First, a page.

Purchase this article with an account.
Daniel Smilek, Alexandra Frischen, Michael G. Reynolds, Cory C. Gerritsen, John D. Eastwood; What makes search for negative faces efficient? Distinguishing between pre-attentive and post-attentive processes. Journal of Vision 2006;6(6):523. doi: 10.1167/6.6.523.
Download citation file:
© ARVO (1962-2015); The Authors (2016-present)
Visual search for negative target faces among neutral distractor faces is more efficient than search for positive faces. The present experiments introduced a new search technique to dissociate between contributions of pre-attentive guidance and post-attentive template matching processes to this difference in search efficiency. In Experiment 1, participants searched for negative or positive target faces presented among varying numbers of neutral faces. Search was performed under standard viewing conditions (Exp 1a) or a new restricted viewing condition where items were occluded by black placeholders, and a given item was revealed only when a participant moved the mouse pointer over the black square (Exp 1b). Search slopes for identifying negative faces were shallower than slopes for positive faces, indicating more efficient search, but only in the standard search task. When guidance by unattended items was prevented in the new task, search was much less efficient and search slopes did not differ for the positive and negative target faces. Experiment 2 (easy pop-out search) and Experiment 3 (difficult conjunction search) yielded considerably flatter and steeper slopes, respectively, showing that the lack of a slope difference in Experiment 1b was not due to floor- or ceiling effects associated with the unique motor demands of the new method. Together, these findings support the notion that emotional information is processed pre-attentively and influences the allocation of focal attention. Furthermore, they demonstrate the utility of our new search technique for selectively investigating various influences on visual search, such as pre-attentive guidance, template matching, and perceptual grouping.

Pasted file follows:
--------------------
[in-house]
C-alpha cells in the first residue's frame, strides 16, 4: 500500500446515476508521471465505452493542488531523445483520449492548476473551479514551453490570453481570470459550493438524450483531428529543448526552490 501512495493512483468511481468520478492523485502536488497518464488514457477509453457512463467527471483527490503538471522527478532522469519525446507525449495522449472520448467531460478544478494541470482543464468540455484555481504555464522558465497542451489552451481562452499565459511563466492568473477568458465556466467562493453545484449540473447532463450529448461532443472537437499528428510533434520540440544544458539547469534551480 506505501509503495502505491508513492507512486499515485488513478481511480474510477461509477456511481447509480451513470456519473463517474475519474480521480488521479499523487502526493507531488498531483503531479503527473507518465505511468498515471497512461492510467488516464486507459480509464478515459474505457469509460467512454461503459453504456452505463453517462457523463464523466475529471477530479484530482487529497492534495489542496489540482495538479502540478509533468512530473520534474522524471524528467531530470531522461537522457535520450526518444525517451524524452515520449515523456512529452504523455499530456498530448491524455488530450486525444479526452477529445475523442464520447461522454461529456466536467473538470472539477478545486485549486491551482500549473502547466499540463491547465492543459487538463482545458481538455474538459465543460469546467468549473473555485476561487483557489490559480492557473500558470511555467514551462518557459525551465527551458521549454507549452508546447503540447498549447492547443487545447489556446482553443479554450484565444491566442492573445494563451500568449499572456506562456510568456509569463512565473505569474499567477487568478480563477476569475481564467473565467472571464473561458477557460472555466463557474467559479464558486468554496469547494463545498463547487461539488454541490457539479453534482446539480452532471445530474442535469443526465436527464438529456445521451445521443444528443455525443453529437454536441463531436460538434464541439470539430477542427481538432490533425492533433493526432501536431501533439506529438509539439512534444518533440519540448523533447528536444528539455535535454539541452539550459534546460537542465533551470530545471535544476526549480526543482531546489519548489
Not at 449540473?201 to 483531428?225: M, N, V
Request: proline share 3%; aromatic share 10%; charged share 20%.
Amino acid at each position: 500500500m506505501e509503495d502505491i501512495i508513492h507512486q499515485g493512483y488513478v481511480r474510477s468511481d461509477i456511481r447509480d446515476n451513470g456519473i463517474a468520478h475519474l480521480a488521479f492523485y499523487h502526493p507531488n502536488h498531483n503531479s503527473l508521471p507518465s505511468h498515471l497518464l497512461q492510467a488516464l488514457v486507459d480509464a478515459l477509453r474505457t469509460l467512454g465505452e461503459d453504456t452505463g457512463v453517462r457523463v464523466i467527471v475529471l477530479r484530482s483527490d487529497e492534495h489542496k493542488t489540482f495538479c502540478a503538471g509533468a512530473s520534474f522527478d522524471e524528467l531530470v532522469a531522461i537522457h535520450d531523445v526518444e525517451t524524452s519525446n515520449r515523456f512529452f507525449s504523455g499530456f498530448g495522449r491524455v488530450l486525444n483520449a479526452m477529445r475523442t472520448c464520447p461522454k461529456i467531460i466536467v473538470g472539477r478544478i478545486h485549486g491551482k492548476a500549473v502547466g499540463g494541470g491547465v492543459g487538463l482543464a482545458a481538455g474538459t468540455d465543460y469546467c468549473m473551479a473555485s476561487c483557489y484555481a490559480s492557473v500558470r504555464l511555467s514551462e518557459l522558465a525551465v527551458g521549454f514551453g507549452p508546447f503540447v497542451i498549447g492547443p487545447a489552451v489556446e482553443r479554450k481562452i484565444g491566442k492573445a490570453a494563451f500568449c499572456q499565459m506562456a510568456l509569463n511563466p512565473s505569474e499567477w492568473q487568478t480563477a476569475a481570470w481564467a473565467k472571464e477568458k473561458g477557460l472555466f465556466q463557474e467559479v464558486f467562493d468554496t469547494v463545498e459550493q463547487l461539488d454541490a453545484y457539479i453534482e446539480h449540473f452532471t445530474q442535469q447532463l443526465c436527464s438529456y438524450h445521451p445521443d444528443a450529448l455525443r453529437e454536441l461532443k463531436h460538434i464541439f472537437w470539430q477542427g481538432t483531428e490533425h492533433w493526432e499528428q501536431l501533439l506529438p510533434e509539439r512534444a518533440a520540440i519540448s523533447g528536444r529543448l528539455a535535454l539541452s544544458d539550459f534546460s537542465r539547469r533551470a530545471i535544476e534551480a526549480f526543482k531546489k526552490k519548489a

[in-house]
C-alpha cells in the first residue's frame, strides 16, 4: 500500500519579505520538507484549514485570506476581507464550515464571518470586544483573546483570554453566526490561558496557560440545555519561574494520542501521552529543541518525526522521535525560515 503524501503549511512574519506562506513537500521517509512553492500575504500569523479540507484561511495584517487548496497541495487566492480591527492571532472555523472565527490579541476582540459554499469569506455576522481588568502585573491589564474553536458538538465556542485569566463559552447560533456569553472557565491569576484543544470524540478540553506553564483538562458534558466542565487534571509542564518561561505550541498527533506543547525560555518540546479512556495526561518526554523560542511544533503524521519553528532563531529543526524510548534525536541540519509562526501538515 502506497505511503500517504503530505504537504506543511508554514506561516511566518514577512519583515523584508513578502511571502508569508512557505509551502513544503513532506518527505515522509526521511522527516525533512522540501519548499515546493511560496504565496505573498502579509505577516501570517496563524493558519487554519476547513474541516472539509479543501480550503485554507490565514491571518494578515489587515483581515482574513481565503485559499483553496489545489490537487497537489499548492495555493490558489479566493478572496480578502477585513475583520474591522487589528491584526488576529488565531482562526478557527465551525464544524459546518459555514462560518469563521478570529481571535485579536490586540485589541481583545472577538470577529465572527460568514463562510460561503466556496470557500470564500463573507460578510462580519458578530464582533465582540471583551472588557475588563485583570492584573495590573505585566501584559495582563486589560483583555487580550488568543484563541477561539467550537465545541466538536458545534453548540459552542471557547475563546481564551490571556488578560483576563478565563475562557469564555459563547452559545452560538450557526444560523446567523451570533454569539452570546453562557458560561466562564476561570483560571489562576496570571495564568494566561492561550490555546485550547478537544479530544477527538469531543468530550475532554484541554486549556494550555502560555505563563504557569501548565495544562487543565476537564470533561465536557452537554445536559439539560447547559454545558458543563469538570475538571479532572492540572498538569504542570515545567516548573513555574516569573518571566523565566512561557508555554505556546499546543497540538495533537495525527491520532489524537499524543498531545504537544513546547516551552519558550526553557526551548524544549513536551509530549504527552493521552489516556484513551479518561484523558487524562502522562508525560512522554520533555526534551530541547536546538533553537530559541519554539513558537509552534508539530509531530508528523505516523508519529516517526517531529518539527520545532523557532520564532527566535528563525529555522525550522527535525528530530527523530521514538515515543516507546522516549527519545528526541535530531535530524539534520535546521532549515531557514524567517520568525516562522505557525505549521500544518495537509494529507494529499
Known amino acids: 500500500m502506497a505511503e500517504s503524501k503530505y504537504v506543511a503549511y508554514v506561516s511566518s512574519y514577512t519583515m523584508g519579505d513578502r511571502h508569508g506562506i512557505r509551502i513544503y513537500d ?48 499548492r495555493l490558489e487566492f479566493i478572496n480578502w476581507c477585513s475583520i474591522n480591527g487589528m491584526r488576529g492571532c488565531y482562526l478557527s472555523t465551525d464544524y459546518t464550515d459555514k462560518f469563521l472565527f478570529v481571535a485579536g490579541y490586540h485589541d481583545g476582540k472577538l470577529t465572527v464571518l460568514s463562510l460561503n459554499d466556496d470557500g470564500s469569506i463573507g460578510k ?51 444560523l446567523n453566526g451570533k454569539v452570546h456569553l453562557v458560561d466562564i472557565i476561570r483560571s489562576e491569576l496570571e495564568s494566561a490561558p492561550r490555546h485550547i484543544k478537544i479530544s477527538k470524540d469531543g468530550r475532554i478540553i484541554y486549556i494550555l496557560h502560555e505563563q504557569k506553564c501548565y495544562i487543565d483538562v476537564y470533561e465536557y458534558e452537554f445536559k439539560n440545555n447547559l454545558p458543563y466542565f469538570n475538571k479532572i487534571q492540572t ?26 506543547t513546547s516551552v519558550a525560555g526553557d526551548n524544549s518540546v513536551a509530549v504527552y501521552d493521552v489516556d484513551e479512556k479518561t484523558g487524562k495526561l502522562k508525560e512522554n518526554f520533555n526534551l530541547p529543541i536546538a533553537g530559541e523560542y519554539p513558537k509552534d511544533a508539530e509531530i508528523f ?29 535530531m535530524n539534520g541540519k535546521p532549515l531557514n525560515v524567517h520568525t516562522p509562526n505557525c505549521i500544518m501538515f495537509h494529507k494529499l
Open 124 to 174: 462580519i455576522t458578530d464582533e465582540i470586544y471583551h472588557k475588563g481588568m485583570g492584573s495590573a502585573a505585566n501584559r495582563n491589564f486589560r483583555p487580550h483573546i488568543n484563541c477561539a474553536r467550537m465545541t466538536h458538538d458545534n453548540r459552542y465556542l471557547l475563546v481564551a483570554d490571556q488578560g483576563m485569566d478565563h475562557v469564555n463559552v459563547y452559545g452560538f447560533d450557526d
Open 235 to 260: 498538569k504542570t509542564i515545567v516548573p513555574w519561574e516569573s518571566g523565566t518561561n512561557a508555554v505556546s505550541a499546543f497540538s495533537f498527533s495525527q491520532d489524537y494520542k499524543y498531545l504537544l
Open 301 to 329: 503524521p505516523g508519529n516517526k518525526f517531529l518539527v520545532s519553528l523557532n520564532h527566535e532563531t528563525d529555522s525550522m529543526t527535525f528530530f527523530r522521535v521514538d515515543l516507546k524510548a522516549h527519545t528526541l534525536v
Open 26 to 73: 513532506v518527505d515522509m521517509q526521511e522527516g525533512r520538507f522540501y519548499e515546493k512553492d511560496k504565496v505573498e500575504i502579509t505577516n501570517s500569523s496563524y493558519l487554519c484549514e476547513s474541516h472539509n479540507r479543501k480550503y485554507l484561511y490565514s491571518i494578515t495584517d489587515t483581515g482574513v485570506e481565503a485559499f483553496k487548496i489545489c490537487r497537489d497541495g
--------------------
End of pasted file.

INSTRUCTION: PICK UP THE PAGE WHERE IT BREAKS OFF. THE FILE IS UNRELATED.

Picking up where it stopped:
This PDF is available to Subscribers Only